LONDON     -   The rate of suicides in Britain has risen sharply to its highest level since 2002, with men accounting for three-quarters of the number of people who took their own lives last year, official figures show. A total of 6,507 suicides were registered by coroners in the UK – 11.2 per 100,000 people – in 2018, up 11.8% on the previous year, according to the Office for National Statistics. Particular concerns were raised over an increase in the rates of young people aged from 10 to 24 killing themselves, with the overall rate for that age group reaching a 19-year high and the rate for young females reaching an all-time high. Ruth Sutherland, the chief executive of Samaritans, said: “It is extremely worrying that, for the first time in five years, the suicide rate in the UK has increased, with 686 more deaths than in 2017. “Every single one of these deaths is a tragedy that devastates families, friends and communities.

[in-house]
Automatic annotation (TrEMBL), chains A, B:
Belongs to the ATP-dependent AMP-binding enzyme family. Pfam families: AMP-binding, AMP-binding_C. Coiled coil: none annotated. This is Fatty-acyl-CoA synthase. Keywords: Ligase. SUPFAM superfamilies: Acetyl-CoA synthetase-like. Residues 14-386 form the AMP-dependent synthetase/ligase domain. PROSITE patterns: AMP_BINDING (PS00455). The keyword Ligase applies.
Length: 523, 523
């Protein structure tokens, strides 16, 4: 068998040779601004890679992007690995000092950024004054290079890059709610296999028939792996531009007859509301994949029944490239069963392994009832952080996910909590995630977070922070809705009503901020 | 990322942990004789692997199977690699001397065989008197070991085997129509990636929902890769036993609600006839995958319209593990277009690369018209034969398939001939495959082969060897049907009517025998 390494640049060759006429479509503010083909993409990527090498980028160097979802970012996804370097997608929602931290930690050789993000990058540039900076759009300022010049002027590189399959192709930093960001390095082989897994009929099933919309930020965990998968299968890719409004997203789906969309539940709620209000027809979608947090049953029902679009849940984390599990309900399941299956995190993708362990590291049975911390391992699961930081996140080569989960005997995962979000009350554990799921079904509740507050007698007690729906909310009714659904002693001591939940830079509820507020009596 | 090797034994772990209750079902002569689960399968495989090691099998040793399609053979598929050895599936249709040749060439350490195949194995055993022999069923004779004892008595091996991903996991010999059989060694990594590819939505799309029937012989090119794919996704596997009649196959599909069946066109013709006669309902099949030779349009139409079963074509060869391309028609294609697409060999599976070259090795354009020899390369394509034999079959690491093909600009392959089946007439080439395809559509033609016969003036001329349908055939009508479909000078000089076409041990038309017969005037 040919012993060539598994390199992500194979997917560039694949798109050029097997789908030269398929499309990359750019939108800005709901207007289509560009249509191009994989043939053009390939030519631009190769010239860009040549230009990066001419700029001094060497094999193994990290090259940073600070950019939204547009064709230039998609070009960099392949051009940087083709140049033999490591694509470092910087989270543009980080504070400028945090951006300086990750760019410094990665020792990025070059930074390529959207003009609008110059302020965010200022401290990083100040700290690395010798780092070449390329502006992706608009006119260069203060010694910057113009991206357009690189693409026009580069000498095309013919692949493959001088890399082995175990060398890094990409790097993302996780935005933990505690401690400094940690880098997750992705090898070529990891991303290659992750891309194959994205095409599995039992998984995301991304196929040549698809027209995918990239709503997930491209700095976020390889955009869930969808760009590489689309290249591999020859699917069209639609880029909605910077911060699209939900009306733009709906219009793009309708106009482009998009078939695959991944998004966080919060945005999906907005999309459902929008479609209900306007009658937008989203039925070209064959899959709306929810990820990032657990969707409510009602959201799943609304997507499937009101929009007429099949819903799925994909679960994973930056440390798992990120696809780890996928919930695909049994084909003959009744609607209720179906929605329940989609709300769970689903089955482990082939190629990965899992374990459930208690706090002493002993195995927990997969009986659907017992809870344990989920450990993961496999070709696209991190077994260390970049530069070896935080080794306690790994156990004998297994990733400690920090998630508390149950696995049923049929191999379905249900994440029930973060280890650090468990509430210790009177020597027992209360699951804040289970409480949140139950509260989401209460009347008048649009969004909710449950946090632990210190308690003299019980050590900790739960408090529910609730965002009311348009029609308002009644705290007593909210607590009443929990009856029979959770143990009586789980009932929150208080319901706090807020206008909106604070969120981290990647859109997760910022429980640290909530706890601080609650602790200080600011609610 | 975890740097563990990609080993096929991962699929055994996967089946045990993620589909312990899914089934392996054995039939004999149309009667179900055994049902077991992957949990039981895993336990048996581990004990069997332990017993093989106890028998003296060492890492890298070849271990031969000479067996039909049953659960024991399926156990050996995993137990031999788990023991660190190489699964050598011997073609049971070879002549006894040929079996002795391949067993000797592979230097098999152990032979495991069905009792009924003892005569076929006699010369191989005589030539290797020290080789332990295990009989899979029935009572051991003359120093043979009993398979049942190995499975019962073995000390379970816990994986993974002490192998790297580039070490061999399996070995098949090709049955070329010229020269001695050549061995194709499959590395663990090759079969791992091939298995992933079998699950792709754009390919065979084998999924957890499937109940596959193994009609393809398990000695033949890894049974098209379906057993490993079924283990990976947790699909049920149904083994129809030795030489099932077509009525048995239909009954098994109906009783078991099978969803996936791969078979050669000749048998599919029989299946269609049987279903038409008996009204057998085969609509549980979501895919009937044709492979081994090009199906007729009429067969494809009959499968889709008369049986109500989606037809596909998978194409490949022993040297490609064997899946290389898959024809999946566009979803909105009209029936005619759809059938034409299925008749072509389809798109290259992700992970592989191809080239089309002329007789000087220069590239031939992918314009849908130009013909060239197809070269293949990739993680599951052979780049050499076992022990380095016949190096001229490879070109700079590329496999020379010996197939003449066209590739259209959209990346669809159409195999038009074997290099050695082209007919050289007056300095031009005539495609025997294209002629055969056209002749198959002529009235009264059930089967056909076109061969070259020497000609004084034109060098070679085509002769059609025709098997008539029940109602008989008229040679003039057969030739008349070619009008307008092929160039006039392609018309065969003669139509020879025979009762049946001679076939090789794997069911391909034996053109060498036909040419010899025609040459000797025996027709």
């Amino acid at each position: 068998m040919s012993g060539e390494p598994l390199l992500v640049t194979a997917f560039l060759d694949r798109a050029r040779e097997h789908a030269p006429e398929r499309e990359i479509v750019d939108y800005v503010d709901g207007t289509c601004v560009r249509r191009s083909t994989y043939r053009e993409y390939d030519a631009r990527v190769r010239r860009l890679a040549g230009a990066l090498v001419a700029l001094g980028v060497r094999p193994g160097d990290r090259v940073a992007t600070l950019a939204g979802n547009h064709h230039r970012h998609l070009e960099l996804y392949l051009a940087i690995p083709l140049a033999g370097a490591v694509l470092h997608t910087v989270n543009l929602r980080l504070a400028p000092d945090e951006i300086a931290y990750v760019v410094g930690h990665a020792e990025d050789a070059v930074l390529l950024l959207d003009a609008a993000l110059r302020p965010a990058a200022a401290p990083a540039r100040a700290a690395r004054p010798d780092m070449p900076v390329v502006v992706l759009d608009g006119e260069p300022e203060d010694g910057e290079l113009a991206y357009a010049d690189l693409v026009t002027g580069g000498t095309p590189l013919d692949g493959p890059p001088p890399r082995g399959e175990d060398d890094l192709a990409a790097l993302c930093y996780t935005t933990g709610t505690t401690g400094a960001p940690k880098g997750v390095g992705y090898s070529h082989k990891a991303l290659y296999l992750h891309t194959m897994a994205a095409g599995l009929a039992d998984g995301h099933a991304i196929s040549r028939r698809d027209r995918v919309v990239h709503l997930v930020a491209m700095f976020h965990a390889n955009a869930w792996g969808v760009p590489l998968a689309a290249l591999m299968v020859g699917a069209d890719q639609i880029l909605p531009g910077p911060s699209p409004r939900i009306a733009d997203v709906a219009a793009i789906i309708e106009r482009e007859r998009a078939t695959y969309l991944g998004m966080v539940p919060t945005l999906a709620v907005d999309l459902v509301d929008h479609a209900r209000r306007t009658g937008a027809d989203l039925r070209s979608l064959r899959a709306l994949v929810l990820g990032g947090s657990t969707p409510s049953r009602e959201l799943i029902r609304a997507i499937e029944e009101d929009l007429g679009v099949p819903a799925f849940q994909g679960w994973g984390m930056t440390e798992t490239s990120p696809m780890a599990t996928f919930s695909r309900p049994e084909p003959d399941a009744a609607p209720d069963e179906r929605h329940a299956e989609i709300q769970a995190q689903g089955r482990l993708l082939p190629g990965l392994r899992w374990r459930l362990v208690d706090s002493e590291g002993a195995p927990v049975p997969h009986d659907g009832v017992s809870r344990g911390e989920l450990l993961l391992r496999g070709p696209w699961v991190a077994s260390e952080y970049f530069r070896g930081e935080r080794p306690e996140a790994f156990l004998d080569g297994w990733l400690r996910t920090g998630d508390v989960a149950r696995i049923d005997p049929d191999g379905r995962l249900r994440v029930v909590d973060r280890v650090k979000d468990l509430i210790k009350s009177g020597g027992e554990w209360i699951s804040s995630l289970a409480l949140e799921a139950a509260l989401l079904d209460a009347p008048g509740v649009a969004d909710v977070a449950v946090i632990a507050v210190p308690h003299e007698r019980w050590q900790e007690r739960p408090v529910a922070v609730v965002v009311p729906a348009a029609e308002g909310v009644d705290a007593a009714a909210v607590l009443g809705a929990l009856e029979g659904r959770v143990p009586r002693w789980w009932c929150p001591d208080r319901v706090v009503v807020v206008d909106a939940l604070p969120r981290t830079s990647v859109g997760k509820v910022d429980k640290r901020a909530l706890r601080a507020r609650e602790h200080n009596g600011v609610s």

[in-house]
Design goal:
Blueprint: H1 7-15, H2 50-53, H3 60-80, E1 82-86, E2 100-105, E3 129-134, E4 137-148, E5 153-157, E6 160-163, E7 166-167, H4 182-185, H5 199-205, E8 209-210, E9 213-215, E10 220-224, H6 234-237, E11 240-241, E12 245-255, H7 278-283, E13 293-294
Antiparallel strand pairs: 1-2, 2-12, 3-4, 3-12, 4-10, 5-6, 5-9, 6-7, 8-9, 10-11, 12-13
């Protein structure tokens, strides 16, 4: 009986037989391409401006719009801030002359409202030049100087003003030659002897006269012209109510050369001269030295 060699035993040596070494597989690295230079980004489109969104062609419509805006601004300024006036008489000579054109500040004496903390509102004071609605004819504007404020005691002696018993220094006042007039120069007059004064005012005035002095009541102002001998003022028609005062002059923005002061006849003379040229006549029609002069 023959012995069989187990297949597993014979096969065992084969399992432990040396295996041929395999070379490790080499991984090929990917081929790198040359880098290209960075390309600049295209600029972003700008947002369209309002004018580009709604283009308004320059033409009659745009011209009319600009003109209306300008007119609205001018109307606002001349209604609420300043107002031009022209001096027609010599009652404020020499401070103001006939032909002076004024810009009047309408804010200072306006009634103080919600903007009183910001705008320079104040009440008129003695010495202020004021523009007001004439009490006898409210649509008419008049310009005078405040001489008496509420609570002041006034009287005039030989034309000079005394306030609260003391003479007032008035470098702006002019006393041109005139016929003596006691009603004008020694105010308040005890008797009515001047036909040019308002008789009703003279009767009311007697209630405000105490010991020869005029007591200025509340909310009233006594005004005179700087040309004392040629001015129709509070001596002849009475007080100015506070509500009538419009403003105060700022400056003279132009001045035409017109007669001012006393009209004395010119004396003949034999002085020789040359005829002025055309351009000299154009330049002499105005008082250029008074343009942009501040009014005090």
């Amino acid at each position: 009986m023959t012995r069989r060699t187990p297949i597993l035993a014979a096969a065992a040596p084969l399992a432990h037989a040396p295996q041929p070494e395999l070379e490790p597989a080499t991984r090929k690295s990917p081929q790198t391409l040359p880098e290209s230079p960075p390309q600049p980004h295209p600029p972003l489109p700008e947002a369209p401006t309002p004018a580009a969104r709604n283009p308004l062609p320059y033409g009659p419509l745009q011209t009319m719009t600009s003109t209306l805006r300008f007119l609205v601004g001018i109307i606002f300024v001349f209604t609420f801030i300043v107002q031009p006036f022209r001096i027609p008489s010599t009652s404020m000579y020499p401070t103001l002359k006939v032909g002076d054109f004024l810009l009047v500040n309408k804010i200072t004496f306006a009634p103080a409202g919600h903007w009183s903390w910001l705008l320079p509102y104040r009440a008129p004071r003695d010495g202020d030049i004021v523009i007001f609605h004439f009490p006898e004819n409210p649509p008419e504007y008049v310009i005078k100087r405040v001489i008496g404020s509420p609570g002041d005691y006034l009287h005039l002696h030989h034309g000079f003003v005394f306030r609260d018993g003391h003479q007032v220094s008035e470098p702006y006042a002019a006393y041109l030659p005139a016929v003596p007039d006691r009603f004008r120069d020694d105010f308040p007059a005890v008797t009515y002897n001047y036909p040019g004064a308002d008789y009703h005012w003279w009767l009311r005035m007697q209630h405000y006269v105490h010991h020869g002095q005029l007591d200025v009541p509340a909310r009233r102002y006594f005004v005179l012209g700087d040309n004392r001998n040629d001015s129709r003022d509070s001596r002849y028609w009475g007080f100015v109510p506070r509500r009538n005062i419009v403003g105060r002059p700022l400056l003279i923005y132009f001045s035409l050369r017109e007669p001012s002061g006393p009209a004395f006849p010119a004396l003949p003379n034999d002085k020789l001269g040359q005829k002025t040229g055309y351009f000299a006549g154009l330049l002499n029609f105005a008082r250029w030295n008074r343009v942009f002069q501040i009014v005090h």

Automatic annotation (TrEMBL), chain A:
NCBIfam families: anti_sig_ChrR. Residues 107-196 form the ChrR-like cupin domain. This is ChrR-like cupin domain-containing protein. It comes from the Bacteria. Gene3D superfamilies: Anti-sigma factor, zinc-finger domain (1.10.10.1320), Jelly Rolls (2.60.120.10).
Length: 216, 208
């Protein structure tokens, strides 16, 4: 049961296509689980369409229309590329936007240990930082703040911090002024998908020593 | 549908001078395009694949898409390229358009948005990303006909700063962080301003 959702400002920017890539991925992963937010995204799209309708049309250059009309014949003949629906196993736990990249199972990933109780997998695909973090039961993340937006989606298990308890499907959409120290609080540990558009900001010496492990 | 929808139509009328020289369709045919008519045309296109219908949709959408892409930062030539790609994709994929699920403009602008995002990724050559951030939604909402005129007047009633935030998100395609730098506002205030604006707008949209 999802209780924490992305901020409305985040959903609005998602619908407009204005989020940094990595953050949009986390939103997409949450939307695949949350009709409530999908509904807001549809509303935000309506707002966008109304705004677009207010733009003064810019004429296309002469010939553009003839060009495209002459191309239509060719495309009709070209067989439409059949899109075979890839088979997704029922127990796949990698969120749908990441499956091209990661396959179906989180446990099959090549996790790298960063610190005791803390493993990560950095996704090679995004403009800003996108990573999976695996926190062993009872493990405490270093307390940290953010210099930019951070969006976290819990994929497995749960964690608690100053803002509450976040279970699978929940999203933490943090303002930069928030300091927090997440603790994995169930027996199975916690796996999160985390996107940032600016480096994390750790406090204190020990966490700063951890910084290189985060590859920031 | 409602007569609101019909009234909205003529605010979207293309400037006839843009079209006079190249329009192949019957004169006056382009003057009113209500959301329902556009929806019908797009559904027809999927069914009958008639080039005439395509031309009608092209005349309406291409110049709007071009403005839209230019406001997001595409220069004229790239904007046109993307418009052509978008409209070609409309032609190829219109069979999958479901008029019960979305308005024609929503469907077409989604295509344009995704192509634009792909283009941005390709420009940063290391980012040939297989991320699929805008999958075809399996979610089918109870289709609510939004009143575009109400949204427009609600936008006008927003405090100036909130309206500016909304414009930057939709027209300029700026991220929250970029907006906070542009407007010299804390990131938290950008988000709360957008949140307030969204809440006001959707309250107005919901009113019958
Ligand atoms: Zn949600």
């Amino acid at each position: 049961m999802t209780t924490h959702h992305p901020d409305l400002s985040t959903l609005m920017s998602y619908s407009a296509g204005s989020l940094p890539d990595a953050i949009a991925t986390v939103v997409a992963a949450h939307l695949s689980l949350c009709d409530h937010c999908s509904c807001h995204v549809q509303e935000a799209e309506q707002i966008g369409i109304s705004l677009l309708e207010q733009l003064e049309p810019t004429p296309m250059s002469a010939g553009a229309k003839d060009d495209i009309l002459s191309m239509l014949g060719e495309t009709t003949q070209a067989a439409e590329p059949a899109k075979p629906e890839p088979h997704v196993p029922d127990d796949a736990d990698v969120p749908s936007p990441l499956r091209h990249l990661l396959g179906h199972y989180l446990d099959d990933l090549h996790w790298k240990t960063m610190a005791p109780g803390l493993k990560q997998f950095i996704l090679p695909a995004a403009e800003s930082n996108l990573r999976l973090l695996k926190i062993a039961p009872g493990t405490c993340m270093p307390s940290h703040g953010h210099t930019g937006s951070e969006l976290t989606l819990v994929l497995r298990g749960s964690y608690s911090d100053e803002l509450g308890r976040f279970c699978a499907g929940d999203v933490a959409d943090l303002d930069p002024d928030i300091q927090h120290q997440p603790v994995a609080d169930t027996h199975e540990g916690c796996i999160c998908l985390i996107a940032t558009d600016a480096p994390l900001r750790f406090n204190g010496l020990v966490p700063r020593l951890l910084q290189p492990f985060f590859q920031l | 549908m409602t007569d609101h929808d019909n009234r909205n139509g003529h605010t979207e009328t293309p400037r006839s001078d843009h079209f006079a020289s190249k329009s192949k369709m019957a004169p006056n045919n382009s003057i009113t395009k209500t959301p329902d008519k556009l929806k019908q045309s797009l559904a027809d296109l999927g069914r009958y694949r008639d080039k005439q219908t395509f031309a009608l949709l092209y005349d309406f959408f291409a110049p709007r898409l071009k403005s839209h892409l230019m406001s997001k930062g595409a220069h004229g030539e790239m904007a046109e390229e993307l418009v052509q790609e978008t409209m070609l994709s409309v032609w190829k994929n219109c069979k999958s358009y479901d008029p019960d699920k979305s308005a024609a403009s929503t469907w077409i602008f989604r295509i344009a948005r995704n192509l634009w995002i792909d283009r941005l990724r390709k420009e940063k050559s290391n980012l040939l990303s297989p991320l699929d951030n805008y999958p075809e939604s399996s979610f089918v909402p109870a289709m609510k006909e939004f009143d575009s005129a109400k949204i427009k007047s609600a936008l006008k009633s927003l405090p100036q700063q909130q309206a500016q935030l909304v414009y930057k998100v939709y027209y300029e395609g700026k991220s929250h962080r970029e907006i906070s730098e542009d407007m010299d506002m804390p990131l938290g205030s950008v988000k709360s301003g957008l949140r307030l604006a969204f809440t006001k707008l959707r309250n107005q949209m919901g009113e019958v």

Whilst the overall rise has only been seen this year – and we hope it is not the start of a longer-term trend – it’s crucial to have a better understanding of why there has been such an increase. “We know that suicide is not inevitable; it is preventable, and encouraging steps have been made to prevent suicide, but we need to look at suicide as a serious public health issue.”

According to statisticians, the rise in suicides in 2018 was largely driven by an increase among men, who took their own lives at a rate of 17.2 per 100,000, compared with 15.5 in 2017.